Pregnancy is a special time for the entire expecting family. It is also an important time to take steps to help keep yourself and your baby protected from vaccine-preventable diseases. The vaccines that are recommended during pregnancy protect you and baby now and throughout your child’s life.
If you are planning to become pregnant, now is an important time to check that you are up to date on all recommended vaccines. Some vaccines are especially important for women who are planning to become pregnant because the diseases they protect against can be especially harmful if you get sick during your pregnancy (like measles and rubella). If you can plan ahead, check in on your vaccination status. Learn more about the vaccines that can help you prepare for a healthy pregnancy.
Did you know you can protect your baby from disease during pregnancy? Getting vaccinated while you are pregnant cues your body to create protective antibodies that you can pass on to your baby. These antibodies can help protect your baby during their early months of life, before they’re able to get vaccinated themselves.
The CDC strongly recommends pregnant and breastfeeding individuals get vaccinated against COVID-19. Why? If you are pregnant, you are more likely to get very sick from COVID-19. Getting the COVID-19 vaccine can help protect both you and your baby from serious illness from COVID-19. For answers to your COVID-19 vaccine questions, visit VYF’s Questions and Answers about COVID-19 Vaccines.
The Tdap (Tetanus, Diphtheria, and Pertussis) vaccine helps protect against whooping cough which can be very dangerous for your baby. To best protect both you and your baby from whooping cough, the CDC recommends you take the Tdap vaccine during the early part of your 3rd trimester for each pregnancy. If you cannot get the vaccine during your pregnancy, get it immediately after giving birth so some antibodies against whooping cough can pass to your baby if you are breastfeeding.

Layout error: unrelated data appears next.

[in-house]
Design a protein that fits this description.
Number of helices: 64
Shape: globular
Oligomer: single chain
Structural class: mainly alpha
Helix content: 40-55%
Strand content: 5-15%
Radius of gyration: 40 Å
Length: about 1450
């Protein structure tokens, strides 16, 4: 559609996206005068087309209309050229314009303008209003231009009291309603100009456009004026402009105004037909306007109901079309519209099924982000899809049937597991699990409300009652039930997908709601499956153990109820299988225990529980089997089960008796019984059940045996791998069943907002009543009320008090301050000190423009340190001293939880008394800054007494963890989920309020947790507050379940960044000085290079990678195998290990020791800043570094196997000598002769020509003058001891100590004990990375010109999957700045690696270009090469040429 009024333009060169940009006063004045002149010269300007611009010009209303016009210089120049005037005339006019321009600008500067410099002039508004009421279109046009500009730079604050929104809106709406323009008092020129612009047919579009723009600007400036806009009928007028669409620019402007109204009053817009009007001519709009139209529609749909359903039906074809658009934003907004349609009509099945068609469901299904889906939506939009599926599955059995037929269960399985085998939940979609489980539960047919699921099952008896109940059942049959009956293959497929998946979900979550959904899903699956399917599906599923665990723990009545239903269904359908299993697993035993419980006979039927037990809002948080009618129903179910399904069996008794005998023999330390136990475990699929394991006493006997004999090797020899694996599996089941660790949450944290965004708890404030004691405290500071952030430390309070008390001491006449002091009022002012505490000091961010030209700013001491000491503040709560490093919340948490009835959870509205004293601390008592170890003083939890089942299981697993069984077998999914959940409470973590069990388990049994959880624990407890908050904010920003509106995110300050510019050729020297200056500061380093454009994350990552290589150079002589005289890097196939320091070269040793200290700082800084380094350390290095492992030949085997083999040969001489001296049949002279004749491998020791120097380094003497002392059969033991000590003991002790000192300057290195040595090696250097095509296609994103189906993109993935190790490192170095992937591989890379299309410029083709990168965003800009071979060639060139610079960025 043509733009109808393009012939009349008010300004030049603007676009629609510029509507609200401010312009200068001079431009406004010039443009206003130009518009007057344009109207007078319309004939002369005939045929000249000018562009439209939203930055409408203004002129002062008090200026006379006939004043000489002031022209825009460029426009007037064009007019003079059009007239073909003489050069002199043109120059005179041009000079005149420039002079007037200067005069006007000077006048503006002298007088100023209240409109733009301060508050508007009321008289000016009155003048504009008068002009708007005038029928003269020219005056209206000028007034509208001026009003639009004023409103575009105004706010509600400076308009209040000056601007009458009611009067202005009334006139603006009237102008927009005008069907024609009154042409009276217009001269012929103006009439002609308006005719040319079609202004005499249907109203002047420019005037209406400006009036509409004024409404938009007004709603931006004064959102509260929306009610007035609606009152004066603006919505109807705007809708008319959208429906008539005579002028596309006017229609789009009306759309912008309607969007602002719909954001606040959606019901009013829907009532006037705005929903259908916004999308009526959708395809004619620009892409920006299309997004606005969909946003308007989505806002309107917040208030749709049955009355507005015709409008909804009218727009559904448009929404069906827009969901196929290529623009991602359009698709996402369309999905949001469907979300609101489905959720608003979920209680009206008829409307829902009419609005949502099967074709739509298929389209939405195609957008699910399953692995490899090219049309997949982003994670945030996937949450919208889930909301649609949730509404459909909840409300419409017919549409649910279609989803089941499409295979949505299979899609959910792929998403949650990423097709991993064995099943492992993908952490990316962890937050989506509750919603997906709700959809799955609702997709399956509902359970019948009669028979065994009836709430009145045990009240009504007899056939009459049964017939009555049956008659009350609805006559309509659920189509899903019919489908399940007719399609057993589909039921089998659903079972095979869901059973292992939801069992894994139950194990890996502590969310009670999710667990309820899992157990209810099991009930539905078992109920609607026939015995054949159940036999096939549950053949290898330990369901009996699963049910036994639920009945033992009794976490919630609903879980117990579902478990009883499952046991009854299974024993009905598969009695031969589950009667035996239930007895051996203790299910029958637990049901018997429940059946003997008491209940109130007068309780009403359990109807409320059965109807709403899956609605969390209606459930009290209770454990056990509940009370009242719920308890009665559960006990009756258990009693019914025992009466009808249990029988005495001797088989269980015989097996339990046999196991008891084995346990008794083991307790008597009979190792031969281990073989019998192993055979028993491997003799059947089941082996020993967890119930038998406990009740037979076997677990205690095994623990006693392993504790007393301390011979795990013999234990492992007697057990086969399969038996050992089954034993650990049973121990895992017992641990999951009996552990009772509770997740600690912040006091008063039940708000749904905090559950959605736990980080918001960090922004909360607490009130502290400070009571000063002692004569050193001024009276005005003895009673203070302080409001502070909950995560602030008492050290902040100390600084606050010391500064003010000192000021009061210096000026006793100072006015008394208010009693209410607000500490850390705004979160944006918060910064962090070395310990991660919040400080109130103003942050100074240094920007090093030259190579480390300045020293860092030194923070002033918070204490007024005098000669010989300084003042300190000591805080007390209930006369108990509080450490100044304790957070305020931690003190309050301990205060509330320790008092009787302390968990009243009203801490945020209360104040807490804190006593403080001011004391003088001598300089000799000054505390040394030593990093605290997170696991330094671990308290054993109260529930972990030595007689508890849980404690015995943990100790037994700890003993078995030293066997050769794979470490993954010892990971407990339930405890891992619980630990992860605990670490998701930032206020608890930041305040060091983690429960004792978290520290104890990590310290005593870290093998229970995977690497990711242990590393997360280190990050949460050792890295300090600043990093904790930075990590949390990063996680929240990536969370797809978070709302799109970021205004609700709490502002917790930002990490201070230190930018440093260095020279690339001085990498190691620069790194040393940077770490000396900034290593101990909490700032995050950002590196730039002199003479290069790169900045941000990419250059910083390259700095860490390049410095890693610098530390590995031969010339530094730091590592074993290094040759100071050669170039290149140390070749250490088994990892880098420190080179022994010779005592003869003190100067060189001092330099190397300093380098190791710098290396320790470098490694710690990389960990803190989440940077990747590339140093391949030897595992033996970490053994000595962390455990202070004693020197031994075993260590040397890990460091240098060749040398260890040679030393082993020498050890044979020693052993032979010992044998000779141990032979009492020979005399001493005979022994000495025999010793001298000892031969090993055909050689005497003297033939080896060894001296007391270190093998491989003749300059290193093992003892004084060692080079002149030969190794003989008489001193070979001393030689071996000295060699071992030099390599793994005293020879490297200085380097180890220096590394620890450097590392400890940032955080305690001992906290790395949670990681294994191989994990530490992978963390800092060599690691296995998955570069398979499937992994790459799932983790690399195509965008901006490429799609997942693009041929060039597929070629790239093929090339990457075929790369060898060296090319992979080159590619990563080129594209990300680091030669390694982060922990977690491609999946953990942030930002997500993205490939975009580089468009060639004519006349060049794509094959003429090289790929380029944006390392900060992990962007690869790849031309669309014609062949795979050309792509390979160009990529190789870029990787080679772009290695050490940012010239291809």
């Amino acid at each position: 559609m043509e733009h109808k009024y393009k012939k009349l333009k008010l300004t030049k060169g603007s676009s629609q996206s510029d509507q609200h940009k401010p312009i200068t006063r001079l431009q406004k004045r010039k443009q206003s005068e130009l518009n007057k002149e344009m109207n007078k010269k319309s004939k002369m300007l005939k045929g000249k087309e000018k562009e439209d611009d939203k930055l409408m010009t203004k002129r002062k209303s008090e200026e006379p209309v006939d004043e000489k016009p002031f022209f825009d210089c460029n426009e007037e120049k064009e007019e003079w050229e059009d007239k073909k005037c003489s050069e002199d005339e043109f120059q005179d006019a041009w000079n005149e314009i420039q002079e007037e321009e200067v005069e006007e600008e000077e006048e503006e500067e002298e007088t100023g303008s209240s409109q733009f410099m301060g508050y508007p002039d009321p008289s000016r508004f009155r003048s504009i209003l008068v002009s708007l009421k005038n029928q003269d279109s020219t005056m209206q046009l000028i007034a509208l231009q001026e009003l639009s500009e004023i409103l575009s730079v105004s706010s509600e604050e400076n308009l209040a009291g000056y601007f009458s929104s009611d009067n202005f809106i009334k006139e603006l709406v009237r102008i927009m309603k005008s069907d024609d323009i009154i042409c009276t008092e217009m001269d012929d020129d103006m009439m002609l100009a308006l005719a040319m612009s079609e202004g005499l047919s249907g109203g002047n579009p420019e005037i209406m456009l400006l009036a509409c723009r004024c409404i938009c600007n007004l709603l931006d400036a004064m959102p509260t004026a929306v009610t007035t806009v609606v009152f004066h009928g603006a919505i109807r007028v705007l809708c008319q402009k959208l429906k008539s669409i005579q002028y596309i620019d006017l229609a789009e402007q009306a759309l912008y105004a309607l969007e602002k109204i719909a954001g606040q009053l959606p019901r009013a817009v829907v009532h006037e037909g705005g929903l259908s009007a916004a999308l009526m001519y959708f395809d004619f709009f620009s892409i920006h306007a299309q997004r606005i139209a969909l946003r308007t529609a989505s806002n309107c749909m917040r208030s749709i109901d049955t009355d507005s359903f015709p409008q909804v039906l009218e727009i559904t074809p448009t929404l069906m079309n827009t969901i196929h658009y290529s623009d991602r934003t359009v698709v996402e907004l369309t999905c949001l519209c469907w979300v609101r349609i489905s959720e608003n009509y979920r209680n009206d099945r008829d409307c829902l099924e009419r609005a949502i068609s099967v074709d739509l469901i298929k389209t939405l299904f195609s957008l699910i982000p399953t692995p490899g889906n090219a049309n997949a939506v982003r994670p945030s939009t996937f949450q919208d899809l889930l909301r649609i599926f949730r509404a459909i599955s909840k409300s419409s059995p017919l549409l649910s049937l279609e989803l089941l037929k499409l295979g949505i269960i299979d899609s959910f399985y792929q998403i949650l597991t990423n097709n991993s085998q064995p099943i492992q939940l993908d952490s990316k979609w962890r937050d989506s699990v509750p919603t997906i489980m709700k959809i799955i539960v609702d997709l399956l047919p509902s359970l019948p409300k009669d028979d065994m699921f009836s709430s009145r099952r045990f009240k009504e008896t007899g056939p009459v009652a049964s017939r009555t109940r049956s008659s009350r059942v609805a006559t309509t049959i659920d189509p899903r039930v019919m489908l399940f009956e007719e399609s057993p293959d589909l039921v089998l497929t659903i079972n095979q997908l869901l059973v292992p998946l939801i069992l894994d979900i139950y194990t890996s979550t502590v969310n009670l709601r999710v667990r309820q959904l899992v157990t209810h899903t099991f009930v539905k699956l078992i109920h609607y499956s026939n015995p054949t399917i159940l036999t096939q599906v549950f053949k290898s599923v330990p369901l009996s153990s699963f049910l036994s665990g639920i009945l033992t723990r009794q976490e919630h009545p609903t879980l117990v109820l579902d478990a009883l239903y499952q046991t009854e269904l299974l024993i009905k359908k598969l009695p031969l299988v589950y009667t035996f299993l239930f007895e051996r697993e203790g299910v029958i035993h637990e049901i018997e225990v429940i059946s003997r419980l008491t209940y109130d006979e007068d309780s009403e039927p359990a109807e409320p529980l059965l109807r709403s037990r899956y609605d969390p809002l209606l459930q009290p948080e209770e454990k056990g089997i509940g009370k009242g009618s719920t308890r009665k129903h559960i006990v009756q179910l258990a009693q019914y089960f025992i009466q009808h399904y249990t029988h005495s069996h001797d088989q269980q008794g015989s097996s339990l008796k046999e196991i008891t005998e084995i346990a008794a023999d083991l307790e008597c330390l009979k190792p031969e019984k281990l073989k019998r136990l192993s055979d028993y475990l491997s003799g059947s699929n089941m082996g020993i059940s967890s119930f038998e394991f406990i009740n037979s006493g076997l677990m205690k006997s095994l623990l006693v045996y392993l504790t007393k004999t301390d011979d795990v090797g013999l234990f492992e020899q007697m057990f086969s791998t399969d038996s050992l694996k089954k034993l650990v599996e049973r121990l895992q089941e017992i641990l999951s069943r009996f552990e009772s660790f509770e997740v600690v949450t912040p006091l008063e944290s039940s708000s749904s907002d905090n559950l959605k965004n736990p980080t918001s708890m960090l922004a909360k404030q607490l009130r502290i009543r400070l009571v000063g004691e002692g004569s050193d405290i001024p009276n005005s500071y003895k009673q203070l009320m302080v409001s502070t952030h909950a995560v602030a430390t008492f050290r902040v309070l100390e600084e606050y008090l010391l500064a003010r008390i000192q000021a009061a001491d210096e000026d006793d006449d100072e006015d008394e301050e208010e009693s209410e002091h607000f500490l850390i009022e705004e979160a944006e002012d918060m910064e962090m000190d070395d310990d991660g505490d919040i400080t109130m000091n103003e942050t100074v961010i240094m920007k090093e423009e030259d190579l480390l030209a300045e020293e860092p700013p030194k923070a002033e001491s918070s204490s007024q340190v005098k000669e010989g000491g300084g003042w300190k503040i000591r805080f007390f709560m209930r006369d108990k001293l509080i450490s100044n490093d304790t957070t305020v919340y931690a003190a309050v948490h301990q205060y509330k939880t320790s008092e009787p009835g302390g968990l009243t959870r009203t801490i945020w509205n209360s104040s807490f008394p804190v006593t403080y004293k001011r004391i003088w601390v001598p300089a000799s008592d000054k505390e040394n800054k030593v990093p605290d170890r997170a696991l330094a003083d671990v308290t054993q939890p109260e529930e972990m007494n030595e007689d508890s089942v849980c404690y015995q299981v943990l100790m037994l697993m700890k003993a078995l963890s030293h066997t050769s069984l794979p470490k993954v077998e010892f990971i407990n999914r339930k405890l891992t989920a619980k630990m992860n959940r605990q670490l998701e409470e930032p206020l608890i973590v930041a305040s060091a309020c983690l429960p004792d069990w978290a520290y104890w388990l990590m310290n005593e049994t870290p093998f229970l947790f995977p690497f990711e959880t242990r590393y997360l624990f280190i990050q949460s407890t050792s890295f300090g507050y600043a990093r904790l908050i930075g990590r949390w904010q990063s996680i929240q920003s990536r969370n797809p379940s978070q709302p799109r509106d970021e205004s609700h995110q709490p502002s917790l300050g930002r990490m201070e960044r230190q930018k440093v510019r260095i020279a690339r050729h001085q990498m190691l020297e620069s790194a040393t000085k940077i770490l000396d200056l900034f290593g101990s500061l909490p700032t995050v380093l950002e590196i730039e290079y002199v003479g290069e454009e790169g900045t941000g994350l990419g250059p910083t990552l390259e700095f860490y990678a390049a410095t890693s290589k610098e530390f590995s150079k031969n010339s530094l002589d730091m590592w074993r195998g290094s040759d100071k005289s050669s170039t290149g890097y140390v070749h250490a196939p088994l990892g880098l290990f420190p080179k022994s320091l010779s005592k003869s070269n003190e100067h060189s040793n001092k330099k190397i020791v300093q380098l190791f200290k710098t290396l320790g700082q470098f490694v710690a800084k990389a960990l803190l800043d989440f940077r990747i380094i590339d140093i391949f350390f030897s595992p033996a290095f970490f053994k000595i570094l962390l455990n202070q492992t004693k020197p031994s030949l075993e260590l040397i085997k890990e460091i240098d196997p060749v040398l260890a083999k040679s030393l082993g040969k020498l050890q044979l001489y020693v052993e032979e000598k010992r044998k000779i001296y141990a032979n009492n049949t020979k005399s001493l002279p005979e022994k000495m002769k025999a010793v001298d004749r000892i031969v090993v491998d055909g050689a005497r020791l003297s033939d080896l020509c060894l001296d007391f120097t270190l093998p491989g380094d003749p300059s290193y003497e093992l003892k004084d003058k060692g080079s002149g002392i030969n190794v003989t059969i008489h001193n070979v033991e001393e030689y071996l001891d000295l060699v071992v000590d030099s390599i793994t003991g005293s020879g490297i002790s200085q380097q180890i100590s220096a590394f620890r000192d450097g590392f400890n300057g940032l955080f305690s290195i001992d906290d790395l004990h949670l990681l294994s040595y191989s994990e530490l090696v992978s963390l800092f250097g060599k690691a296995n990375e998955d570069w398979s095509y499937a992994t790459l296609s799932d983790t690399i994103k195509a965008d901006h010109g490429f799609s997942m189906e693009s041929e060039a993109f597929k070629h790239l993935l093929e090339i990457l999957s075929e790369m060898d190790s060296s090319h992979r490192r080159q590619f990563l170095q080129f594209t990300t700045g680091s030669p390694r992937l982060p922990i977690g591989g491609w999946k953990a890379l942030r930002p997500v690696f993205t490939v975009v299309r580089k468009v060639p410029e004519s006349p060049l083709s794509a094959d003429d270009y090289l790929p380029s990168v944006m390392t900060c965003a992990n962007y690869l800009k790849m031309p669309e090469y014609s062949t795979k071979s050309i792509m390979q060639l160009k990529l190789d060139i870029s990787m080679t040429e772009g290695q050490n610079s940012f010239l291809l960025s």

Influenza (Flu) is more likely to cause hospitalizations and deaths among pregnant people and can be harmful to your developing baby. Getting the flu vaccine can protect the pregnant person from flu or flu-related hospitalizations and prevent complications in labor and delivery. The CDC recommends taking the flu shot during any trimester to best protect both you and your baby. Learn more about this flu season.
RSV is a lower respiratory virus and has become the leading cause of hospitalizations in infants in the United States. As of September 22, 2023, CDC recommends a RSV (Respiratory Syncytial Virus) vaccine during weeks 32-36 (3rd trimester) of pregnancy to protect your baby from severe RSV.
Public health and pregnancy experts strongly support getting vaccinated during pregnancy, groups making this recommendation include: Centers for Disease Control and Prevention (CDC), the American College of Obstetricians and Gynecologists (ACOG), and the American College of Nurse-Midwives.
Pregnancy is also good time to start thinking about the vaccines your baby will need once they are born. Visit our Babies & Children section to learn more about the importance of vaccinating your child according to the recommended immunization schedule.